Cozad Application Ser. No. 293,727 filed on Aug. 17, 1981 and entitled LOW DROOP MULTI-PART PENDANT SUPPORTED BOOM, which issued on Dec. 25, 1984 as U.S. Pat. No. 4,489,838.
Rathe Application Ser. No. 293,729 filed on Aug. 17, 1981 and entitled COUPLING AND LATCHING MECHANISM FOR EXTENSIBLE BOOM, which issued on Jan. 8, 1985 as U.S. Pat. No. 4,492,311.
1. Field of the Invention
The present invention relates to multi-section telescopic booms, and more particularly relates to a four section pendant supported boom having a manual section stored in its base with the extensible boom sections being extended and retracted by a single hydraulic ram aided by extend and retract cables for actuating the tip section.
2. Description of the Prior Art
As used herein and as understood in the art, a manual section is a boom section that is normally retracted within its supporting boom section but may be coupled to the boom extend and retract power means and be extended when needed to increase the reach of the boom.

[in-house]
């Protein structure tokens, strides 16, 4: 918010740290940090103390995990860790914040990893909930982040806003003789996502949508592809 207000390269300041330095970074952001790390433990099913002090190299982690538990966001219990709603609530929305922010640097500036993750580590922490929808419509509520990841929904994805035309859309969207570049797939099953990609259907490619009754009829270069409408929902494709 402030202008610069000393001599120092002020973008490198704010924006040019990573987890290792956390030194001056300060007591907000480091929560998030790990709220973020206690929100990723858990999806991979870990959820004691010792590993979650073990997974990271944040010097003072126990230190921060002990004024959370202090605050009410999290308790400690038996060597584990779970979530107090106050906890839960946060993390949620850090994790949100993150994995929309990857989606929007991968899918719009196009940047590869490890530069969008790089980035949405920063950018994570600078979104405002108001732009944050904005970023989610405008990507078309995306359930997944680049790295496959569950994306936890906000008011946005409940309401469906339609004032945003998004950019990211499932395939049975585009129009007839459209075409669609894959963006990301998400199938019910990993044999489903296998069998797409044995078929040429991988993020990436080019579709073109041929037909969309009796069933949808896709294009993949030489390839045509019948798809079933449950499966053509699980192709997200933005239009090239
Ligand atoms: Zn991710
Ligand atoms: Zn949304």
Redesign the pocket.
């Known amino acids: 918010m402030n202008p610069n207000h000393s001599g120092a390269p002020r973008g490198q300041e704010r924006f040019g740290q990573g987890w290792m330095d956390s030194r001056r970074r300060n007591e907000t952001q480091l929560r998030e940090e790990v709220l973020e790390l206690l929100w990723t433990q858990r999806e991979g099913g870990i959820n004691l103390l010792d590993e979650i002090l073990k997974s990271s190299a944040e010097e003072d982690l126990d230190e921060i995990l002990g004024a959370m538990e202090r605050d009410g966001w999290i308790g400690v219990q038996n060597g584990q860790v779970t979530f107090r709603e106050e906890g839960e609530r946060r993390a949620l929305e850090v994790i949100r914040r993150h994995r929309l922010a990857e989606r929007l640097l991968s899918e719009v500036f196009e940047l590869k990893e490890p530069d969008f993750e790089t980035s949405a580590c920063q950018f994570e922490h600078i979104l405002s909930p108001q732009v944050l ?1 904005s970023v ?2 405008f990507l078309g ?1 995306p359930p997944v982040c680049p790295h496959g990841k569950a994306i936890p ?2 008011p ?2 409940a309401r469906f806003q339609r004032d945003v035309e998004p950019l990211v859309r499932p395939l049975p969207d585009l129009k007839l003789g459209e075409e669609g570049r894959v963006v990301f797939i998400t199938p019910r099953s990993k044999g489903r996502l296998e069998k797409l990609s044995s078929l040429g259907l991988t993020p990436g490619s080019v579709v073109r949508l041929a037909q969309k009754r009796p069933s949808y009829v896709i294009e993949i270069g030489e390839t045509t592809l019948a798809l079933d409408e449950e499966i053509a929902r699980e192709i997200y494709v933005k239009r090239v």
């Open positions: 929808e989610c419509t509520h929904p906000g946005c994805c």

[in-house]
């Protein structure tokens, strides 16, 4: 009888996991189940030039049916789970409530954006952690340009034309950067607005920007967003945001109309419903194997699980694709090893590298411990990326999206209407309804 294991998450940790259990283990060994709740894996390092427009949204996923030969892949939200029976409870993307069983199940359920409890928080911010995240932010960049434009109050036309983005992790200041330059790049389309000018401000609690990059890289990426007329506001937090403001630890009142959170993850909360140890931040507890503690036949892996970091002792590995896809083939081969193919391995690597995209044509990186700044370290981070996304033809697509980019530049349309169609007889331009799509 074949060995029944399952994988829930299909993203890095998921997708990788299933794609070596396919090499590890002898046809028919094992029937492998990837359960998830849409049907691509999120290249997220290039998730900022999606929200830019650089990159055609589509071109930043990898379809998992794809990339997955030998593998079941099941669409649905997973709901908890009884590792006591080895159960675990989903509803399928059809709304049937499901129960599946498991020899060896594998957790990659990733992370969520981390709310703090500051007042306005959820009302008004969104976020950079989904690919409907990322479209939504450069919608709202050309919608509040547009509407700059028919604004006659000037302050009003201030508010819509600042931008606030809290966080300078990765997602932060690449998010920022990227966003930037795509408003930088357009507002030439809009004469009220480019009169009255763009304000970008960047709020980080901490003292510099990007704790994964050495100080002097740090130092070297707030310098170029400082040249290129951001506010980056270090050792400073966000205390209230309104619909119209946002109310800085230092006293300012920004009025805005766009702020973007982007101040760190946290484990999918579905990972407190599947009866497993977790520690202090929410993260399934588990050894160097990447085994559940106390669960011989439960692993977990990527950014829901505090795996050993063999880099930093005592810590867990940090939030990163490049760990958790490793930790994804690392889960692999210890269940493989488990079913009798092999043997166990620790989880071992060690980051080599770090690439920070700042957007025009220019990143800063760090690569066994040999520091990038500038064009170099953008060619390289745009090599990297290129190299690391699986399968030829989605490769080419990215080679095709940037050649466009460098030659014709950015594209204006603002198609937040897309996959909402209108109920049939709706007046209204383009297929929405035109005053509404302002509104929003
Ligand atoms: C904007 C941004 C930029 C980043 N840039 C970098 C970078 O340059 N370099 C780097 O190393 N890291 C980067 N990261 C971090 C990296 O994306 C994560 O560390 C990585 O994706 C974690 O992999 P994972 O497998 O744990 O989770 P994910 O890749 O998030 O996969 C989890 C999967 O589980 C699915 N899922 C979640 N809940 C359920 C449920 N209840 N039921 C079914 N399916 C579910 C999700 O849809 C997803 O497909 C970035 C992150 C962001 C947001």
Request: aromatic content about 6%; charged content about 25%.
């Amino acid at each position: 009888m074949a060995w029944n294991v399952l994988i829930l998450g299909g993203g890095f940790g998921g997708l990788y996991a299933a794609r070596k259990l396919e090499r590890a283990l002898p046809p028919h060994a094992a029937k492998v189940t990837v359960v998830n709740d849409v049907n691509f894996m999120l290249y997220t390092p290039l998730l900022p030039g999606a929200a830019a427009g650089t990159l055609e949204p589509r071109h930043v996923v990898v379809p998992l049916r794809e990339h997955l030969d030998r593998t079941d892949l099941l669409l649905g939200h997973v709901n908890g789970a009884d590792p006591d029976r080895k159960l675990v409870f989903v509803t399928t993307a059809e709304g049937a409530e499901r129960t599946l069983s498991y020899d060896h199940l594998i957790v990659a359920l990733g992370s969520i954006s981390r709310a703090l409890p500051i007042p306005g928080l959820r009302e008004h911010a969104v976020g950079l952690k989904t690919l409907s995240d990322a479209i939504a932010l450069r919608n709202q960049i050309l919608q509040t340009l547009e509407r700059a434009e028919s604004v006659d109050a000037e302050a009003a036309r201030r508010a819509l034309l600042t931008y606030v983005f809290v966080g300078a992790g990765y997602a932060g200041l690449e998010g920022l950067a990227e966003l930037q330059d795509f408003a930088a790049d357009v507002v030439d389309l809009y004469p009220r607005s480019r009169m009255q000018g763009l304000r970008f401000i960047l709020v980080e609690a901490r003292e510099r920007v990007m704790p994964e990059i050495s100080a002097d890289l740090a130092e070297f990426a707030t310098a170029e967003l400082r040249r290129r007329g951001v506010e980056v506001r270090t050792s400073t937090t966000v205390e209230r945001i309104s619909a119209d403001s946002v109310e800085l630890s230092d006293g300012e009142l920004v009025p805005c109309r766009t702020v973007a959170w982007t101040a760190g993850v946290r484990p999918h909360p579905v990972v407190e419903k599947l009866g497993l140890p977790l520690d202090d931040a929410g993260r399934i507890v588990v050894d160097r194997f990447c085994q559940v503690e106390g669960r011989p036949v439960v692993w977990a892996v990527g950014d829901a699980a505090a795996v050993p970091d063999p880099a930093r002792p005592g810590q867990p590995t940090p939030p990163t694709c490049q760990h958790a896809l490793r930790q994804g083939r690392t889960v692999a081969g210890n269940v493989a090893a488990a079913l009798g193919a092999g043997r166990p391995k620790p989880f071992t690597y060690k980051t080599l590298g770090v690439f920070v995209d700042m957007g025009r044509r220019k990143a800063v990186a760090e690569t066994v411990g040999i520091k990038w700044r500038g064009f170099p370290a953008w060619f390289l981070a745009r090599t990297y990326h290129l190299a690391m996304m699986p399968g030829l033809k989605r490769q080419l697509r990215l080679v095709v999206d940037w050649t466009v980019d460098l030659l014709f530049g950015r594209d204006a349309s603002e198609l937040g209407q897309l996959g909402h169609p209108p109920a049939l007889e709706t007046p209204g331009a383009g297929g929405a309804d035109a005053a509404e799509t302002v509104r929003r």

Multi-section, pendant supported telescopic booms for cranes or the like which are operated by single hydraulic rams or a plurality of rams are well known in the art. However, applicants are unaware of art which discloses a boom with a manual section that is stored in the base section of the boom.
In accordance with the preferred embodiment of the present invention a multi-section telescopic boom is arranged so that its second heaviest boom section is the manual section which is stored in the base and when in conjunction with the pendant support thereby increases the boom load capacity about 15 percent as compared to a conventional boom of the same size, shape, and overall weight but with the manual section being the tip section. This load advantage is accomplished when the manual is stored in the base section since the turning moment about the boom pivot axis is reduced. The manual is extended only when needed to reach a load.